In the United States, Social Security is frequently talked about in the news, but poorly understood. As a result, most people think Social Security is a “government handout”, or some form of welfare for the poor. What people fail to understand is that Social Security is primarily an insurance program for workers.
And just like the insurance you would purchase for your home, car, or business, you can make a claim on your Social Security insurance if you (1) are insured, and (2) meet program rules.
There are three main types of Social Security insurance benefits: retirement, disability, and survivors.
How to Become Insured for Social Security Benefits
But before we dive into a discussion of the types of Social Security benefits, let’s first discuss how to become insured for these benefits.To be insured for Social Security benefits, you need to work and pay your taxes.
To be insured for Social Security benefits, you need to work and pay your taxes.
For most people, paying taxes is a no-brainer. That is because your employer does it for you. When you start a new job, your employer will ask you to provide your social security number and a completed Form W-4, which they will use to withhold your income taxes and FICA tax from each paycheck. FICA stands for “Federal Insurance Contributions Act” and is a combination of taxes for Medicare and Social Security. Your employer will then pay the withheld FICA tax to the IRS, and the IRS will report your earnings and FICA tax payment to Social Security. If you are self-employed, you are responsible for paying the FICA tax directly to the IRS. Part of the withheld FICA tax goes into a trust from which Social Security will pay insurance claims.
It’s important to know that becoming insured for Social Security benefits takes some time. Unlike other insurance programs where you become immediately insured with your first premium payment, you do not become insured through your first FICA tax payment. You will be insured for Social Security benefits once you have earned enough credits, or “quarters of coverage”. The amount of money you must earn to receive a credit changes each year. For example, in 2018, you will receive a credit or “quarter of coverage” for every quarter that you earn at least $1,320 (by comparison, in 1978, it was $250). As there are 4 quarters in a year, you can only receive up to 4 credits per year.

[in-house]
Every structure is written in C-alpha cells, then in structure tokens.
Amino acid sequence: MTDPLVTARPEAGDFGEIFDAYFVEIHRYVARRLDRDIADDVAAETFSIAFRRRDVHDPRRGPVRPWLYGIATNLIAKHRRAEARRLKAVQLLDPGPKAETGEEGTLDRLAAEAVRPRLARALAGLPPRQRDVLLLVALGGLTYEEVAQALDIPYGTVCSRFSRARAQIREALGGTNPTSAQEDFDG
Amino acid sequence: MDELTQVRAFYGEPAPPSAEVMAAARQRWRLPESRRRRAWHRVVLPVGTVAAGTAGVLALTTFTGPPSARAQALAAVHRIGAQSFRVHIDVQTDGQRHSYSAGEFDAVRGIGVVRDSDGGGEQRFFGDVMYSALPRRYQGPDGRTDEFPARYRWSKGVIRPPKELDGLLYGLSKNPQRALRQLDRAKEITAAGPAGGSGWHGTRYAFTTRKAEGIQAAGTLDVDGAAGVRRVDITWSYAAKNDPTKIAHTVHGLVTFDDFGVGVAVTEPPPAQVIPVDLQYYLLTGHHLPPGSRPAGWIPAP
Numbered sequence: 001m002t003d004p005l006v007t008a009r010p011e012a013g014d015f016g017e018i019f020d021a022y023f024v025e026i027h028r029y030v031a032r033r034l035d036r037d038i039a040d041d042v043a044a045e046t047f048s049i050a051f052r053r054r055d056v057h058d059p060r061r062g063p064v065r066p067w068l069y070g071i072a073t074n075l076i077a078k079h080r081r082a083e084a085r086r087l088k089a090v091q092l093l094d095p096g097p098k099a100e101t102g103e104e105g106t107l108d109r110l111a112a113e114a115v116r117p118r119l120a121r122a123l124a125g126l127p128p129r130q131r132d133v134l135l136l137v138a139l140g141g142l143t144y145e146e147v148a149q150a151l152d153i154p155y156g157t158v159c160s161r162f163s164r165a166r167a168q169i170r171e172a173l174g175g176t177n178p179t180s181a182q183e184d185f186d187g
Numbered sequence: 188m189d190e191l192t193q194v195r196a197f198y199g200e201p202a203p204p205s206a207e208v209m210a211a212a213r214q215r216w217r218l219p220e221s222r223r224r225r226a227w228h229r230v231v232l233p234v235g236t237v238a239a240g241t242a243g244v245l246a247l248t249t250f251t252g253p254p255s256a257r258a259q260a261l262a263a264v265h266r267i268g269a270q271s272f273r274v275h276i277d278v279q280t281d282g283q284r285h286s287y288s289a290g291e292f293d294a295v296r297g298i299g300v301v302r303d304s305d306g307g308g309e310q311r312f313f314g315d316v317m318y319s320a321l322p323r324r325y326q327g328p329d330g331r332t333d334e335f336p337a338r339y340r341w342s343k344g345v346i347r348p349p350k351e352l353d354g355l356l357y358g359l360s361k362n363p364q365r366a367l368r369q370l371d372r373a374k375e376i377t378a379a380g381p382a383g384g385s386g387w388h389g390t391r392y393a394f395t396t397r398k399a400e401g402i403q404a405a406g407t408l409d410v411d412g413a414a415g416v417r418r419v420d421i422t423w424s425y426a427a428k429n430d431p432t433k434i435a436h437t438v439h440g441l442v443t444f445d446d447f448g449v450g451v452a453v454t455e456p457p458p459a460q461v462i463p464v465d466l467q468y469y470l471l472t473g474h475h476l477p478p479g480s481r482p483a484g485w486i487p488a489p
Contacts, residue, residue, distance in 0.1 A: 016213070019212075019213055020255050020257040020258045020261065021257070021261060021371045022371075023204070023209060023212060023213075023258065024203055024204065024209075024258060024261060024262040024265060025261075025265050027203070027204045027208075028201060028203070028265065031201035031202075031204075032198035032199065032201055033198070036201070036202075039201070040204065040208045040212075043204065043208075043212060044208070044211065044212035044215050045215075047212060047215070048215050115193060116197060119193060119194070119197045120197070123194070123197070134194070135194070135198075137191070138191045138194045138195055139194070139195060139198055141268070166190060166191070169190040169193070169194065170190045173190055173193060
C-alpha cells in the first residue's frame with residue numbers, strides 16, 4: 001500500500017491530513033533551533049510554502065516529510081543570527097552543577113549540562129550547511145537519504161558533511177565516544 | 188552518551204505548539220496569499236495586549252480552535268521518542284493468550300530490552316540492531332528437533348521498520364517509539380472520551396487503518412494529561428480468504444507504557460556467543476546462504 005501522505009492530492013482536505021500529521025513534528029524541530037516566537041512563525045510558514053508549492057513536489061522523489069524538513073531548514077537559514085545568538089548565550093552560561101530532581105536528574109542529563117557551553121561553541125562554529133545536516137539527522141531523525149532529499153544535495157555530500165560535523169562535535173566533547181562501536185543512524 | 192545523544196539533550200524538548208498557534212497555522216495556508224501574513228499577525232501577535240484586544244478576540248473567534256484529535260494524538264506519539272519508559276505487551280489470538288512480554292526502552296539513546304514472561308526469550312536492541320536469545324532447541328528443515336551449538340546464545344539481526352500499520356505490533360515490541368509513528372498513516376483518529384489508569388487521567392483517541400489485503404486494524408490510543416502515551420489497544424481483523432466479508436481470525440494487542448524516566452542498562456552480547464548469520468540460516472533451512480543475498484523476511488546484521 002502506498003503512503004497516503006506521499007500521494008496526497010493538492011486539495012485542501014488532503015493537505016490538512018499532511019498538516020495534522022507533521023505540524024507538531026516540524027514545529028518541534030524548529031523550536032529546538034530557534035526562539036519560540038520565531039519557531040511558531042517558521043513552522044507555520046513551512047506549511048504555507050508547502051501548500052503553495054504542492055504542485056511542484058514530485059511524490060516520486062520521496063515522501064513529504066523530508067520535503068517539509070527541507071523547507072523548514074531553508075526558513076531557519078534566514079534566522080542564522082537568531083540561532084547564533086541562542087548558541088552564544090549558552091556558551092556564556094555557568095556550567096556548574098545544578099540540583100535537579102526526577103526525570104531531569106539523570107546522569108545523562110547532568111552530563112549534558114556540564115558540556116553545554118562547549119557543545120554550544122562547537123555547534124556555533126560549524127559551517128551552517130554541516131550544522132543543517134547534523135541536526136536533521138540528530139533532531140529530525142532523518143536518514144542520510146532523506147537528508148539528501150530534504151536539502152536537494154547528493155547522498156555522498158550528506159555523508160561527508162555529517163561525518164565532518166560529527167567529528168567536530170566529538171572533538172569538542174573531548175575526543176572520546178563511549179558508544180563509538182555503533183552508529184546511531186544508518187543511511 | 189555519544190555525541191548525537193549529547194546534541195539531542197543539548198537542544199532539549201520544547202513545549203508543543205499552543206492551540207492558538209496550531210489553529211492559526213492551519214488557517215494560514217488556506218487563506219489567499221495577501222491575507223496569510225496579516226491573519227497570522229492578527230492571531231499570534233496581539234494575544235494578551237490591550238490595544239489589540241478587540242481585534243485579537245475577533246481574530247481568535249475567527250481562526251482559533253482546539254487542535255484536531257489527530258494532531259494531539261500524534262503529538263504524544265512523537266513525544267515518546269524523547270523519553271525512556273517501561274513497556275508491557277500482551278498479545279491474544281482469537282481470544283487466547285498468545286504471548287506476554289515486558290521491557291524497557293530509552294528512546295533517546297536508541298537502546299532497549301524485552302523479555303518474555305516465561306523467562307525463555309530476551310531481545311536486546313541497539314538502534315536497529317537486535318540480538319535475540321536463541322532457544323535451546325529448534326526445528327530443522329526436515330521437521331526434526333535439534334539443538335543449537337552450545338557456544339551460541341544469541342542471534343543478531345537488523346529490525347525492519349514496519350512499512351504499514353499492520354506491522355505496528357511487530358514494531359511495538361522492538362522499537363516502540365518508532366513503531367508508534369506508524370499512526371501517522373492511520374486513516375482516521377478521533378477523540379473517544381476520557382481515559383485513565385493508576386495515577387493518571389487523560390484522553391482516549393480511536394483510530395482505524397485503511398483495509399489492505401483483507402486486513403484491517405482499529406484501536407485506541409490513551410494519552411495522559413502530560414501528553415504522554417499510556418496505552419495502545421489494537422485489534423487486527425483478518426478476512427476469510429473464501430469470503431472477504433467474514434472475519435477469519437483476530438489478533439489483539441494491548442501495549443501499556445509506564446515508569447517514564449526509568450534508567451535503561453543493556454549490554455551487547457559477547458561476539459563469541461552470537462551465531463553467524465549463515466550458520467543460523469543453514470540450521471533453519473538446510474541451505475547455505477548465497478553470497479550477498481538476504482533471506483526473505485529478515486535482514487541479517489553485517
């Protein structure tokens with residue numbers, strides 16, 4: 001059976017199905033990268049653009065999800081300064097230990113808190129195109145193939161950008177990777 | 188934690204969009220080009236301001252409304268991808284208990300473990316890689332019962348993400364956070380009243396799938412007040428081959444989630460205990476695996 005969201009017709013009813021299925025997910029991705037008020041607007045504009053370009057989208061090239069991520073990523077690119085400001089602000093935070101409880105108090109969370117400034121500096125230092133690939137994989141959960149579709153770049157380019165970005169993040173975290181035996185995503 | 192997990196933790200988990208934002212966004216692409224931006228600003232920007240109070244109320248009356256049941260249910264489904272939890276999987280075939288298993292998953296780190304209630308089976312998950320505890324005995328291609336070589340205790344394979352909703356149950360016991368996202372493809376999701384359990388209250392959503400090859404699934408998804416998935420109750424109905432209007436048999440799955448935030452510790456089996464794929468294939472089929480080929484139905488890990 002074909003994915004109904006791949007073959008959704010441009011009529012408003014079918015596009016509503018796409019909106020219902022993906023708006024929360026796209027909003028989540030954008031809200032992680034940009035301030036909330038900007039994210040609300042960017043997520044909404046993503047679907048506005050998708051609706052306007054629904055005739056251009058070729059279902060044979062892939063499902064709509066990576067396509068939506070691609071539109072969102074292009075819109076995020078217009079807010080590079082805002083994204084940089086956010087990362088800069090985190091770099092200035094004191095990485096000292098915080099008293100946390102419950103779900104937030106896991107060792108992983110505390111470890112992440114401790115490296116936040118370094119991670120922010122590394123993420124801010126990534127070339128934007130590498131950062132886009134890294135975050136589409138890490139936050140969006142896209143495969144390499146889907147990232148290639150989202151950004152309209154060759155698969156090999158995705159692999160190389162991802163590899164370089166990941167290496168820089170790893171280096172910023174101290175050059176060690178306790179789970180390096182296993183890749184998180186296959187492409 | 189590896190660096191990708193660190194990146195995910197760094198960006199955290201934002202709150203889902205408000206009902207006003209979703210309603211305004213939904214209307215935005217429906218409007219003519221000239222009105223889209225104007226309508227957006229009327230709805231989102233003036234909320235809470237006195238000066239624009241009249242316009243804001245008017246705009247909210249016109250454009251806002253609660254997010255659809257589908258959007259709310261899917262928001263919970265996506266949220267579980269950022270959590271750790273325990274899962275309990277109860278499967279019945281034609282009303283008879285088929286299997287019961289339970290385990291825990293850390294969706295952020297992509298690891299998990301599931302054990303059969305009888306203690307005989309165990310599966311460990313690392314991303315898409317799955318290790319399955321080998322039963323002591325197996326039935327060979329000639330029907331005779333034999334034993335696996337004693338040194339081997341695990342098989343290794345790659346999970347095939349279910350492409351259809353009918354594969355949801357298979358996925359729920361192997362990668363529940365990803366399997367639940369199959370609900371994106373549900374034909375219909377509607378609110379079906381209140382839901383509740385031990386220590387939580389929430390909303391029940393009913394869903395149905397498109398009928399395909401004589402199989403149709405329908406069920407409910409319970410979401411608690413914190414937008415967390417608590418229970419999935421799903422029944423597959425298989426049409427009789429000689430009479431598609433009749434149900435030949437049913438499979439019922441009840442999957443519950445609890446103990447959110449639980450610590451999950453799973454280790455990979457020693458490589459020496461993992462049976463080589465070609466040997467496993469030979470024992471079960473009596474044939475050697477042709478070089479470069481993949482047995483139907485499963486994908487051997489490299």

To be fully insured for retirement and survivors insurance, you need at least 6 quarters of coverage and at least one quarter of coverage in every year after you turn 21 and the year before you die, or turn 62. To be permanently insured for these benefits, you need 40 quarters of coverage. Thus, you could be permanently insured for retirement and survivors insurance after just 10 years of full-time employment. Disability insurance is a little different, however. To be insured for disability, you need 20 quarters of coverage in the 10 years prior to the date you became disabled. The requirements are different for younger individuals under age 31.
If you are not sure whether you are insured for Social Security benefits, you can always check your Social Security Benefits Statement. Your statement will explain which benefits you are insured for, and the estimated monthly benefit you could receive based on your earnings record. Because the amount of your benefits are directly tied to your reported earnings, it’s a good idea to check your Social Security Benefits Statement on a yearly basis. This is easy to do now that you can obtain a copy of your benefits statement online at ssa.gov.
Retirement Benefits through Social Security
With the passage of the Social Security Act in 1935, the first Social Security insurance benefit was born: “federal old-age benefits”, or Social Security retirement. In addition to being fully insured, you need to be at least 62 years old before you can qualify for this Social Security benefit. The retirement benefit is not just an individual benefit, but a family benefit as well. If you are married and/or have children who are under the age of 18, or who are adults with developmental disabilities, you will receive a benefit for your spouse and children as well.
Although you can claim your retirement benefits at age 62, there are penalties for doing so. For most non-retired workers, full retirement age is somewhere around the age of 66–at this age you will be entitled to receive the full amount of your Social Security retirement benefits. However, if you choose to retire sooner, at age 62-65, your benefits will be permanently reduced by as much as 30%. Additionally, if you continue working while receiving your retirement benefits between ages 62 and 65, your benefits will be reduced by $1 for every $2 you earn. On the other hand, if you wait to claim your retirement benefits, your retirement benefit will increase for each year you delay your claim after age 66 (there are no further increases after age 70). The amount of your retirement benefit is based on your individual earnings record, but the maximum full retirement benefit for an individual in 2018 is $2,788 per month.
Social Security Survivors Benefits